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C. Herdman, T. Moss / Pharmacological Research 107 (2016) 48–56

CLUSTAL O(1.2.1) multiple sequence alignment hE-Syt1C2A, hE-Syt2C2A, hE-Syt3C2A, hE-Syt1C2C,

GIIRIHLLAARGLSSKDKYVKGLIEGKSDPYALVRLGTQTFCSRVIDEELNPQWGETYEVM GVLRIHFIEAQDLQGKDTYLKGLVKGKSDPYGIIRVGNQIFQSRVIKENLSPKWNEVYEAL GVIRVHLLEAEQLAQKDNFL-GL-RGKSDPYAKVSIGLQHFRSRTIYRNLNPTWNEVFEFM HVLRIHVLEAQDLIAKDRFLGGLVKGKSDPYVKLKLAGRSFRSHVVREDLNPRWNEVFEVI *. * ** :: ** .****** : :. : * *:.: .:*.* * *.:* : D D

Ca2+ coord. hE-Syt1C2A, hE-Syt2C2A, hE-Syt3C2A, hE-Syt1C2C,

VHEVPGQEIEVEVFDKDPDKDDFLGRMKLDVGKVLQASVLDDWFPLQG-GQGQVHLRLEWL VYEHPGQELEIELFDEDPDKDDFLGSLMIDLIEVEKERLLDEWFTLDEVPKGKLHLRLEWL VYEVPGQDLEVDLYDEDTDRDDFLGSLQICLGDVMTNRVVDEWFVLNDTTSGRLHLRLEWVTSVPGQELEVEVFDKDLDKDDFLGRCKVRLTTVLNSGFLDEWLTLEDVPSGRLHLRLERL * . ***::*::::*:* *:***** : : * .:*:*: *: .*::***** ED D DD

Ca2+ coord.

CLUSTAL O(1.2.1) multiple sequence alignment hE-Syt1C2B, hE-Syt2C2B, hE-Syt3C2B, hE-Syt1C2D,

GVSSRPDPPSAAILVVYLDRAQDLPL-KKGNKEPNPMVQLSIQDVTQESKAVYSTNCPVWE DKDQANDGLSSALLILYLDSARNLPSGKKISSNPNPVVQMSVGHKAQESKIRYKTNEPVWE SACNLPRNPFDYLNGEYRAKKLSRFARNKVSKDPSSYVKLSVGKKTHTSKTCPHNKDPVWS IQTQKSAELAAALLSIYMERAEDLPL-RKGTKHLSPYATLTVGDSSHKTKTISQTSAPVWD . : * . .* ... . . ::: . :: :* .. ***. N N N N

Potential Ca2+ coord. hE-Syt1C2B, hE-Syt2C2B, hE-Syt3C2B, hE-Syt1C2D,

EAFRFFLQDPQSQELDVQVKDDSRALTLGALTLPLARLLTAPELILDQWFQLSSSGPNSR ENFTFFIHNPKRQDLEVEVRDEQHQCSLGNLKVPLSQLLTSEDMTVSQRFQLSNSGPNST QVFSFFVHNVATERLHLKVLDDDQECALGMLEVPLCQILPYADLTLEQRFQLDHSGLDSL ESASFLIRKPHTESLELQVRGEGT-GVLGSLSLPLSELLVADQLCLDRWFTLSSGQGQVL : *:::. : *.::* : ** * :**..:* :: :.: * *. . DE N N

Potential Ca2+ coord.

CLUSTAL O(1.2.1) multiple sequence alignment hE-Syt1C2E, hE-Syt2C2C, hE-Syt3C2C,

PLGQVKLTLWYYSEERKLVSIVHGCRSLRQNGRDPPDPYVSLLLLPDKNRGTKRRTSQKKRT PLGQIQLTIRHSSQRNKLIVVVHACRNLIAFSEDGSDPYVRMYLLPDKRRSGRRKTHVSKKT QLGEIQLTVRYVCLRRCLSVLINGCRNLTPCTSSGADPYVRVYLLPERKWACRKKTSVKRKT **:::**: : . .. * ::..**.* . **** : ***::. . :::* .::* ED D -basic groove-

Potential Ca2+ coord. hE-Syt1C2E, hE-Syt2C2C, hE-Syt3C2C,

LSPEFNERFEWELPLDEAQRRKLDVSVKSNSSFMSRERELLGKVQLDLAETDLSQGVARWYDLLNPVFDQSFDFSVSLPEVQRRTLDVAVKNSGGFLSKDKGLLGKVLVALASEELAKGWTQWYDLT LEPLFDETFEFFVPMEEVKKRSLDVAVKNSRPLGSHRRKELGKVLIDLSKEDLIKGFSQWYELT *.* *:: *:: : : *.::*.***:**.. : *: : **** : *:. :* :* ::**:* D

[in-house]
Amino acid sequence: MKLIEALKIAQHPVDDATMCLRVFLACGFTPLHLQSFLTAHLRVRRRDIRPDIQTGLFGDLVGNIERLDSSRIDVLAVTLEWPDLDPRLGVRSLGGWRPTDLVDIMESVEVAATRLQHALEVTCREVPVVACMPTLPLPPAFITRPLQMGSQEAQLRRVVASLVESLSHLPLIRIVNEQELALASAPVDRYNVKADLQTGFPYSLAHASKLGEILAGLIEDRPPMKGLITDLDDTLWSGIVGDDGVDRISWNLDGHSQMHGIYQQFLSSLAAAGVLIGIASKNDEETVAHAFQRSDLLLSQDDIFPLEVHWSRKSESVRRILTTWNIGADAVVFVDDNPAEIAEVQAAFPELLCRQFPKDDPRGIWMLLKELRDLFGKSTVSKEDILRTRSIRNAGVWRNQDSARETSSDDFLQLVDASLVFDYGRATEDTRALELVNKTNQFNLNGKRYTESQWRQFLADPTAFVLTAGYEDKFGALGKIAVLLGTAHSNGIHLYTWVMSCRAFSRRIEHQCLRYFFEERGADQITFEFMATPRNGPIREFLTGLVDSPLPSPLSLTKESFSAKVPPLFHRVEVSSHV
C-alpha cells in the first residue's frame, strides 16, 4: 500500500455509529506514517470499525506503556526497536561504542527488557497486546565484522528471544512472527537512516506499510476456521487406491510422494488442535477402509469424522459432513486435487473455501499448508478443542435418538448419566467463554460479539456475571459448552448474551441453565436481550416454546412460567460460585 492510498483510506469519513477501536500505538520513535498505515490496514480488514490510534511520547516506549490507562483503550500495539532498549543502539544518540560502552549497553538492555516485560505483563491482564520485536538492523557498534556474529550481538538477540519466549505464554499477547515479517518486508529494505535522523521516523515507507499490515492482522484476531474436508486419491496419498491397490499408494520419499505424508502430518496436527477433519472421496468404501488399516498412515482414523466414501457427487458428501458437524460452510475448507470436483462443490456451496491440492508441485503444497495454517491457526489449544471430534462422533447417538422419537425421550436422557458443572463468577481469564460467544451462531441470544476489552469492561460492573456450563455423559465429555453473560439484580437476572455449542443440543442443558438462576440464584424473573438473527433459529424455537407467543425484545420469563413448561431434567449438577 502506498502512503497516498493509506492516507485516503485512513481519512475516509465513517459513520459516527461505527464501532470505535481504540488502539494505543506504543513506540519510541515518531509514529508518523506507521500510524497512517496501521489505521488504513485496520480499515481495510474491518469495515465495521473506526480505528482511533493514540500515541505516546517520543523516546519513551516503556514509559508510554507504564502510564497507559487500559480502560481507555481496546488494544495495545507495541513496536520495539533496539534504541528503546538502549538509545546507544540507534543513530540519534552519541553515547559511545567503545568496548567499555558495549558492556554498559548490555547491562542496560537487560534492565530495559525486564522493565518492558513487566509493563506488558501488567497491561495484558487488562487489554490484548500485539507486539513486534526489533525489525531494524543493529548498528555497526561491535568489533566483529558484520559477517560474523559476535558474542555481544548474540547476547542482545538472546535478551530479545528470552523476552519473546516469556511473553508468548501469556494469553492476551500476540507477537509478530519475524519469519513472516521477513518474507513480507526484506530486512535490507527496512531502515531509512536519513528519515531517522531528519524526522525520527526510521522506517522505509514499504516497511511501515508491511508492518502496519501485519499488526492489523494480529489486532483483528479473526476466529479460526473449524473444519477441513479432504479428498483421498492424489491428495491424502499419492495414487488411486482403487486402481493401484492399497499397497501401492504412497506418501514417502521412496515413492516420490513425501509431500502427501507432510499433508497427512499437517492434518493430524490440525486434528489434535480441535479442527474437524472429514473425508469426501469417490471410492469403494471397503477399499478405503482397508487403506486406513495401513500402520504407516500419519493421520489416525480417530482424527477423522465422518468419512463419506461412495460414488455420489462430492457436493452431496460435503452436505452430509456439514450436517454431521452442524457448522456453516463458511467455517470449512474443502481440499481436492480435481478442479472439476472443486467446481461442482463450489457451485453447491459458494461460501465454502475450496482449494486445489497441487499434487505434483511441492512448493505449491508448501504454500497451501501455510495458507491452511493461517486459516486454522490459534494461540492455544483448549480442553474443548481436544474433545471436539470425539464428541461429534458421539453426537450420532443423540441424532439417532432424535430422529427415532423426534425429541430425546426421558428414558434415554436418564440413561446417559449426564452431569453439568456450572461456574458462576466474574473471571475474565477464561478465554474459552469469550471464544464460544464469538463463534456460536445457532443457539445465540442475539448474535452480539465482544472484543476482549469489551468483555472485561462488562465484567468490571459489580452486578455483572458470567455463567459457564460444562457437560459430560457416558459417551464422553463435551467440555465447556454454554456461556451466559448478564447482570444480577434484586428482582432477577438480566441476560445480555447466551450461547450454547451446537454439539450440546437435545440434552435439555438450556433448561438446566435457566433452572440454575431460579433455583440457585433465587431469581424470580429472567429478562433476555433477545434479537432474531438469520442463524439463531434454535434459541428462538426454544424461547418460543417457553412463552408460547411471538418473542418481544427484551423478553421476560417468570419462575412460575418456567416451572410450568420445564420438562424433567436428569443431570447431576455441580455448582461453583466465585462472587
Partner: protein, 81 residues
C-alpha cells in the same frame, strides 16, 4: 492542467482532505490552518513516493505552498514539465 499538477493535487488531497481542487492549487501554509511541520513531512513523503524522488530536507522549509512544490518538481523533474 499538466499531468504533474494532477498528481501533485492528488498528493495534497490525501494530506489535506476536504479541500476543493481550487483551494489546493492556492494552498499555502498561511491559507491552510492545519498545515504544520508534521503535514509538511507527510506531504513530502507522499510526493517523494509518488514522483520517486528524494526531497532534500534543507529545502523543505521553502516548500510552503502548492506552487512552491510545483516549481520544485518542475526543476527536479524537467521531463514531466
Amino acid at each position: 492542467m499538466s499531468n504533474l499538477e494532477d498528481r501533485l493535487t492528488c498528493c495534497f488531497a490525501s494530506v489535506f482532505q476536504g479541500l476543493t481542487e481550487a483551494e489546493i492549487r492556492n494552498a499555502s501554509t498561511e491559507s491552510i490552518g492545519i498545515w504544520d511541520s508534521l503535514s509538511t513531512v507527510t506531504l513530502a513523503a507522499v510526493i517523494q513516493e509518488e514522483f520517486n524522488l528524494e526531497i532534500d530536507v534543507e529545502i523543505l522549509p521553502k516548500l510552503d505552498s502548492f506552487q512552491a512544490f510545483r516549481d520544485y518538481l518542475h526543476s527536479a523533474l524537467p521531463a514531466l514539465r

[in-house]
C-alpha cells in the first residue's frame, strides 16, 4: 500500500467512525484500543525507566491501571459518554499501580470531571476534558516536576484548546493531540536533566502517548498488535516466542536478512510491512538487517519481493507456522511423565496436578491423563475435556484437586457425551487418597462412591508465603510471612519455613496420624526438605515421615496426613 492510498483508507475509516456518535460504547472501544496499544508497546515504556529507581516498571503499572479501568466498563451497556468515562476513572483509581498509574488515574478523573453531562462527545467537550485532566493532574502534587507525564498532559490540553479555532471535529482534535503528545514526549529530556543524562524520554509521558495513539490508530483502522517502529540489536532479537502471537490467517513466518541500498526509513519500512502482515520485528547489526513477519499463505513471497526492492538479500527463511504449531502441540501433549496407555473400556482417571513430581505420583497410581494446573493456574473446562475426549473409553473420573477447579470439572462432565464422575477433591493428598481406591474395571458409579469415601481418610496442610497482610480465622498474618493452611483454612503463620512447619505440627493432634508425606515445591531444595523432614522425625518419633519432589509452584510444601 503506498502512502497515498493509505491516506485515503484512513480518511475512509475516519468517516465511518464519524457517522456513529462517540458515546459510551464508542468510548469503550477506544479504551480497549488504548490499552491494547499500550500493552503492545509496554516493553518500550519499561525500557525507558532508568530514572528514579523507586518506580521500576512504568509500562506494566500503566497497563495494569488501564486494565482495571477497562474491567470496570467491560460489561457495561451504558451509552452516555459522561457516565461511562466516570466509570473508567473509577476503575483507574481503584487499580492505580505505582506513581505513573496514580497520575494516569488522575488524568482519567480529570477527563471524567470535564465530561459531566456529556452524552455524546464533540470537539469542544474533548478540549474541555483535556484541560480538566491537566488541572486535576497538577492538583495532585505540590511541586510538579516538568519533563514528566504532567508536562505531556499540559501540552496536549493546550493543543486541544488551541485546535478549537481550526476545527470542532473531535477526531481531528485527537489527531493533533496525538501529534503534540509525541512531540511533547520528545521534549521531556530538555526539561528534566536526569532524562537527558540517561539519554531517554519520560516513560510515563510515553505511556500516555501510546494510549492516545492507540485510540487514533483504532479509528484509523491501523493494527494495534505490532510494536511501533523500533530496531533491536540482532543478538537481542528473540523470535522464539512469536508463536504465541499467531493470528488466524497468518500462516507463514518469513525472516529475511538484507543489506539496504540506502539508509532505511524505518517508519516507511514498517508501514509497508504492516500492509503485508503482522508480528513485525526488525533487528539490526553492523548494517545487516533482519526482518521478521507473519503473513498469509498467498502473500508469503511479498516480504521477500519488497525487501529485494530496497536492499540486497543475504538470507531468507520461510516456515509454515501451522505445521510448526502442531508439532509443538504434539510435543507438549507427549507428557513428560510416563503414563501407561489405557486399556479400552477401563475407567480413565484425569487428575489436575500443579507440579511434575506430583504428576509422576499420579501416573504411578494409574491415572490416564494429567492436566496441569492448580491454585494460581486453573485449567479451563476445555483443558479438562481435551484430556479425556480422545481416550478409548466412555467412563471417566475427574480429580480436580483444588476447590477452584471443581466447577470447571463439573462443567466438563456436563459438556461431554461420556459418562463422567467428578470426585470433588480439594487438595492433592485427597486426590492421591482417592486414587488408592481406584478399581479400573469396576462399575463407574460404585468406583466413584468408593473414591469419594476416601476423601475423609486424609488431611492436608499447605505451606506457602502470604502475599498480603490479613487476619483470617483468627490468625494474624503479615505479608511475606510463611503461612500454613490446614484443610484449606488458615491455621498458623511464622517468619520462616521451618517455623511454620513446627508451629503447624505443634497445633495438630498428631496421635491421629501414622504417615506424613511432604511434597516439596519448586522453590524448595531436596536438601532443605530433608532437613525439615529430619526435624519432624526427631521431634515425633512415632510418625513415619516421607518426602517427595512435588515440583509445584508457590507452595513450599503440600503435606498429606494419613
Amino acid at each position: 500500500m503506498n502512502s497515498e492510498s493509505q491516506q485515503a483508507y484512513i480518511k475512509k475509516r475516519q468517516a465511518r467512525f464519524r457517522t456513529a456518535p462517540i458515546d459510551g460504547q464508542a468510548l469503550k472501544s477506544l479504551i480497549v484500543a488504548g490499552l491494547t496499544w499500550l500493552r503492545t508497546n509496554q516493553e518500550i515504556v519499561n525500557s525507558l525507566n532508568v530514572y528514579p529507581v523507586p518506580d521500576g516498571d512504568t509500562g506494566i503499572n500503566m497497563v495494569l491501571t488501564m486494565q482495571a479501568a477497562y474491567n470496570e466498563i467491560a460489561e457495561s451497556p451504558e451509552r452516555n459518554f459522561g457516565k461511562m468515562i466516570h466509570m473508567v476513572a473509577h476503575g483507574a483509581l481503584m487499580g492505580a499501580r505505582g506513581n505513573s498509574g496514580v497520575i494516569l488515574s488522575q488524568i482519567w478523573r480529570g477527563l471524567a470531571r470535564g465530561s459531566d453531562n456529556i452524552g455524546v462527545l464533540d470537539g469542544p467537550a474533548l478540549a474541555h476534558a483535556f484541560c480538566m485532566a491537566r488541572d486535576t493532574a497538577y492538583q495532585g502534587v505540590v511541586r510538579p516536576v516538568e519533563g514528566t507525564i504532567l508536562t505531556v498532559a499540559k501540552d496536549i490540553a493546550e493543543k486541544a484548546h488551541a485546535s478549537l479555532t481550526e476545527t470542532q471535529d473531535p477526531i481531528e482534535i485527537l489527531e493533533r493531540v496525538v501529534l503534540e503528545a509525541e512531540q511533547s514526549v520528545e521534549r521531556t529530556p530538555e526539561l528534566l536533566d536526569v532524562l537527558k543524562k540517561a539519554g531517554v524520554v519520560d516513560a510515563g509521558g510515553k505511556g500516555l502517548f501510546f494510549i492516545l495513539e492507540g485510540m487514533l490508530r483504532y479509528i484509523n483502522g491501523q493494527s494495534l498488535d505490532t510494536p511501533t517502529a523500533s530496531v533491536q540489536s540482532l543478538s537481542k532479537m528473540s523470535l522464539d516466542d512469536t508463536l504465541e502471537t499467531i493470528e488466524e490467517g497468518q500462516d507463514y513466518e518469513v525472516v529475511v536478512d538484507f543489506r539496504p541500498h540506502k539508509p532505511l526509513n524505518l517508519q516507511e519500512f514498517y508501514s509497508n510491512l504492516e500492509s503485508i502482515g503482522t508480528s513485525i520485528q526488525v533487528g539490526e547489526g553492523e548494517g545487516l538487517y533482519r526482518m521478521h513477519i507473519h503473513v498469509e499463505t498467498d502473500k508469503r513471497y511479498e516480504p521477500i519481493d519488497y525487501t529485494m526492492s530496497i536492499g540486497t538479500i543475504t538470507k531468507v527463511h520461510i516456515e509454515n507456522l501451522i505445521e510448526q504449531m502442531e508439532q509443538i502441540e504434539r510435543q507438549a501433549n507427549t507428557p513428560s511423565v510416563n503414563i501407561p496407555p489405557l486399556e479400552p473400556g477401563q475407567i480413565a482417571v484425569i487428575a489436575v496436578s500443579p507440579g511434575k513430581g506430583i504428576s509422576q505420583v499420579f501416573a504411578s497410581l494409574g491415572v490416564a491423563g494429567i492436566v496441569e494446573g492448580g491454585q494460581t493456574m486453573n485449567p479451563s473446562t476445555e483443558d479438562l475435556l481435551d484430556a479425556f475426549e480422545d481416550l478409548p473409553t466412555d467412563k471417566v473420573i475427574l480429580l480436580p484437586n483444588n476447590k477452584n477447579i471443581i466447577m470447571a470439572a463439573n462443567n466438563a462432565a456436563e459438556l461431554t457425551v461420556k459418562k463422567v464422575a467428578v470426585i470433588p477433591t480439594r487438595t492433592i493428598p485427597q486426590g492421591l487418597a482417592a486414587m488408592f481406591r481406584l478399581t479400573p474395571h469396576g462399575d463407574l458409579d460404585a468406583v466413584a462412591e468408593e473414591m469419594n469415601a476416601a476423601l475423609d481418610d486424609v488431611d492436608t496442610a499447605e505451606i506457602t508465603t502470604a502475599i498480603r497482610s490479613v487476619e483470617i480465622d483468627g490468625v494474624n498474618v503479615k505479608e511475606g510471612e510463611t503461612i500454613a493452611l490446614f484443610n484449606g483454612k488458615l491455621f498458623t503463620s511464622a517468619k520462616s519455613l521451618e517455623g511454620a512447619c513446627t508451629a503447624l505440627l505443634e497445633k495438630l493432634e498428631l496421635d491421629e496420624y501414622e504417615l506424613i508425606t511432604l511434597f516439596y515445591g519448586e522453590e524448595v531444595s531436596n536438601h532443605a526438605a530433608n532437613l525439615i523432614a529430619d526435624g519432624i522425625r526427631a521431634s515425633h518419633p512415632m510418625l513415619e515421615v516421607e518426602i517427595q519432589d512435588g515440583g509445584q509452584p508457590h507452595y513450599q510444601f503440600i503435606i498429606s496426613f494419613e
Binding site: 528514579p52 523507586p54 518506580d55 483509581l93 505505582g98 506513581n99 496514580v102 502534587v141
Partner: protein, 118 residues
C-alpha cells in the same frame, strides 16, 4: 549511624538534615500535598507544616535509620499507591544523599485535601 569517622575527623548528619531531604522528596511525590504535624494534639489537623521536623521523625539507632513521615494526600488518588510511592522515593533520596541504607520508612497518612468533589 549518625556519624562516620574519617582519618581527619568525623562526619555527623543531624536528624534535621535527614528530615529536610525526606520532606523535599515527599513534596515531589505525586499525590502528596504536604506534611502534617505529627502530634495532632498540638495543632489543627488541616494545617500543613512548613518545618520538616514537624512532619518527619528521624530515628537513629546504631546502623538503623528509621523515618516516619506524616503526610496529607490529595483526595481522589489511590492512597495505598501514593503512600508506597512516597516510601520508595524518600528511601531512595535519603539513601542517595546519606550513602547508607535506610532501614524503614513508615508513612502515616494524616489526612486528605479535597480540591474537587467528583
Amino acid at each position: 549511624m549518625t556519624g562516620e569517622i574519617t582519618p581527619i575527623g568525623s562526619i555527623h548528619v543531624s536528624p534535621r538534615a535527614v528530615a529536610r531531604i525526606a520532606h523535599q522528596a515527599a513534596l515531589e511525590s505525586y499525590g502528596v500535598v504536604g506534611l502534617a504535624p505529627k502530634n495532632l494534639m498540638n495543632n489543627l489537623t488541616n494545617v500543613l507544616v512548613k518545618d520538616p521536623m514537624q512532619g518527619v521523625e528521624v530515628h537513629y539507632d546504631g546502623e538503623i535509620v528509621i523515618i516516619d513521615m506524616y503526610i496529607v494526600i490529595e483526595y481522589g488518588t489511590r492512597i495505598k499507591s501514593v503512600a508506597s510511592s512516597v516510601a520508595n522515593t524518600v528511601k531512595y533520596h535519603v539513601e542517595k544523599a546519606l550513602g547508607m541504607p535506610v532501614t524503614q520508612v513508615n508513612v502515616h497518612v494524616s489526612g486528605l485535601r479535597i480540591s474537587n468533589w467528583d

Potential Ca2+ coord.

Fig. 2. Sequence alignments of the human E-Syt C2 domains generated by CLUSTAL [64]. The sequences for E-Syt1 are from Acc. No. NP 056107, E-Syt2a/b; DQ993201/NM 020728, E-Syt3; NM 031913. The identity of the Ca2+ coordinating residues in the C2A domain of E-Syt2 are taken from the C2A-C2B structure [29]. Two structures are presently available for the C2B domain of E-Syt2 [19,29], but the potential Ca2+ coordinating residues do not appear in either structure and are therefore indicated as potential coordinators based on a generic C2 domain structure. The identity of potential Ca2+ coordinating residues in the C2C domain of ESyt2 derives from the unpublished solution structure of this domain (Acc. No. 2DMG A), taking account of their position in this structure.

Plasma membrane

~20nm

E-Syt2/3

+Ca2+

+Ca2+

E-Syt1

E-Syt2/3

~10nm

+Ca2+

ER membrane

E-Syt1

Fig. 3. Coordination between C2 domains regulates the tightness of the ER-PM contact sites. E-Syt2/3 (in mauve) binds the PM through its C2C domain in a semi-constitutive manner. An increase in cytosolic Ca2+ would then tighten binding by enhancing the C2A/C2B interaction with PM phospholipids. E-Syt1 (in orange) does not significantly interact with PM phospholipids at low cytosolic Ca2+ , but could also bind in a progressively tighter manner at enhanced cytosolic Ca2+ .

C-termini of the Tcbs beyond the last C2 domain may also direct homo- and hetero-dimerization [12]. As will be seen below, the interaction of E-Syt1 with E-Syt2/3 is further modulated by receptor signaling and by changes in subcellular localization.

2.2. The synaptotagmin-like mitochondrial-lipid binding protein (SMP) domain All three E-Syts harbor an SMP domain starting 43–45 a.a. Cterminal to the TM domain (Fig. 1). SMP domains are ∼ 180a.a. folds

C. Herdman, T. Moss / Pharmacological Research 107 (2016) 48–56

PIP5K

DAG

PI(4,5)P

PLC IP3

DGK

PI

PA

PA

CDS

CDP-DG

Plasma membrane

PS ORP 5/8

Nir2/3

Ca2+

IP3R

PI4KA

PI4P

51

PIS

PI

Sac1

PI4P

PS ER membrane

Ca2+ Fig. 4. Lipid transport between the endoplasmic reticulum and plasma membrane. Phosphatidylinositol 4,5-bisphosphate (PI(4,5)P) is cleaved to diacylglycerol (DAG) and inositol 1,4,5-trisphosphate (IP3) by PLC, which leads to the release of Ca2+ from the ER, enhancing the cytosolic Ca2+ concentration. DAG is converted to phosphatidic acid (PA) by DGK, and is transported to the ER membrane by the Nir2/3 phosphatidylinositol (PI) transfer proteins localized at ER-PM junctions. PA is converted by CDS and PIS to PI in the ER membrane in a two-step reaction via the intermediate cytidine diphosphate-diacylglycerol (CDP-DG). Nir2/3 transports this PI to the PM using the counter-transport of PA. PI is subsequently converted to phosphatidylinositol 4-phosphate (PI4P) by PI4KA and phosphorylated by PIP5K to replenish PI(4,5)P in the PM. PI4P levels in the PM are regulated by its transfer to the ER membrane by ORP5/8, using the counter-transport of phosphatidylserine (PS) to the PM. The PI4P in the ER membrane is then converted to PI by Sac1 phosphatase. Lipids and enzymes are shown in bold text respectively in black and blue. Abbreviations: IP3R (IP3 receptor), DGK (DAG kinase), CDS (CDP-DG synthase or phosphatidate cytidylyltransferase), PIS (PI synthase), PI4KA (PI 4 kinase alpha), PIP5K (PI4P 5 kinase).